Ordinary differential equations.
When available, explicit solutions are fundamental to the understanding of differential equations, but for many problems of interest, such closed-form exact solutions can not be found. Even when they do exist, often the understanding and interpretation of explicit solutions requires computational and/or further approximation. The study of asymptotic and perturbation methods offers a systematic analysis of solutions to differential equations when tractable solutions are unavailable. The goal of perturbation methods is to replace an exact problem that does not have a tractable solution, by a series of approximate problems that do have (simpler) explicit solutions. We will cover a range of topics including asymptotic expansions for algebraic and differential equations and multiple scales for initial and boundary value problems. The methods all rely on there being a parameter in the problem that is relatively small. Such a situation is relatively common in applications and this is one of the reasons that perturbation methods are a cornerstone of applied mathematics.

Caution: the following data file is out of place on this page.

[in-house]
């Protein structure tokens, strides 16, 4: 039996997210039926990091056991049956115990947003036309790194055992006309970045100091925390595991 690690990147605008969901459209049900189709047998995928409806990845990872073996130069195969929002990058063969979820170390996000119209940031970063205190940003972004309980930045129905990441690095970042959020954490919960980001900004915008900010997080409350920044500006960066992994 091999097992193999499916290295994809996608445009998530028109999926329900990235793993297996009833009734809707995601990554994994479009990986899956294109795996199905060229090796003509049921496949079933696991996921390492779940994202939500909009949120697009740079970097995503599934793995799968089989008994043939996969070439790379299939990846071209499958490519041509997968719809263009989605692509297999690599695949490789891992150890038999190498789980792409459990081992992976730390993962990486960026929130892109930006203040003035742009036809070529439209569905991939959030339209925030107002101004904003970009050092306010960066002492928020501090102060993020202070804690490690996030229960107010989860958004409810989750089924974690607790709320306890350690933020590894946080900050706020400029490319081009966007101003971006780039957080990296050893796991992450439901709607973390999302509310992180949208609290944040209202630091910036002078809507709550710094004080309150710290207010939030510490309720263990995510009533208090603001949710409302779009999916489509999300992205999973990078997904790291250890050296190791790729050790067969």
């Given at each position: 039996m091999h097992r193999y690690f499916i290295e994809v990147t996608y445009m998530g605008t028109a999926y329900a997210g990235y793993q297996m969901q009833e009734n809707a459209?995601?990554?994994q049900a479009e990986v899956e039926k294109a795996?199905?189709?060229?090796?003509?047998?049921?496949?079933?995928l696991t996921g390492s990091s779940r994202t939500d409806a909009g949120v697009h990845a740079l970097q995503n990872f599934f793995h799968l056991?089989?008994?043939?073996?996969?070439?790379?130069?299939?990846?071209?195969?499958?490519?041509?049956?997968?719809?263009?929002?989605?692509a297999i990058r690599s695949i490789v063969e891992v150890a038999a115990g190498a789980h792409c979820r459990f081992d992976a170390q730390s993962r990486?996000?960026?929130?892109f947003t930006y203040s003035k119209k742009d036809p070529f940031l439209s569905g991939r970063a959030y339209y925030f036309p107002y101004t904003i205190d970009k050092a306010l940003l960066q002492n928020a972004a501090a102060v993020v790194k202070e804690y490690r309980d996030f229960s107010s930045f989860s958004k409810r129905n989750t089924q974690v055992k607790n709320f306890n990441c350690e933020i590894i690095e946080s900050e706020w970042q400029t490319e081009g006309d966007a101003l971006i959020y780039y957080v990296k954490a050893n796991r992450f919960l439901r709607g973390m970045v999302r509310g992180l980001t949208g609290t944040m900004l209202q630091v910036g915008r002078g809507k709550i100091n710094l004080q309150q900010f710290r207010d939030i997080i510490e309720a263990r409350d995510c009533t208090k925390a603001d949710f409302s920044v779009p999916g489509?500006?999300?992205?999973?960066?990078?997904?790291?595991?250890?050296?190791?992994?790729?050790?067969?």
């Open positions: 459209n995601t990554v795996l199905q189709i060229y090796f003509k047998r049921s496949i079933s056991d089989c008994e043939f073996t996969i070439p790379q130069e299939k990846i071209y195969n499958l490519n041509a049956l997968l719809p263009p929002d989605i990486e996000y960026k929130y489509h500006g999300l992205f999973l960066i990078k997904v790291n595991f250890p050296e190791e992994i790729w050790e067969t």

After the course you will be able to study differential equations with a small parameter
using the methods of matching, multiple time scales and WBKJ method.
with multiple solutions.
The schedule for the course can be found on MyTimeTable.
Mode of Instruction
The examination consists of homework, a written final exam, and an oral retake exam. No minimum grade is required for
the homework in order to take the exam or to pass the course. The homework counts as a practical and there is no retake
for it. The final grade based on the final exam and the retake consists of homework (40%) and the final (or retake) (60%); to pass the course,
the grade for the final exam (and the retake) should be at least 5 and the (unrounded) weighted average of the two partial grades at least 5.5.
Introduction to Perturbation Methods by M.H. Holmes
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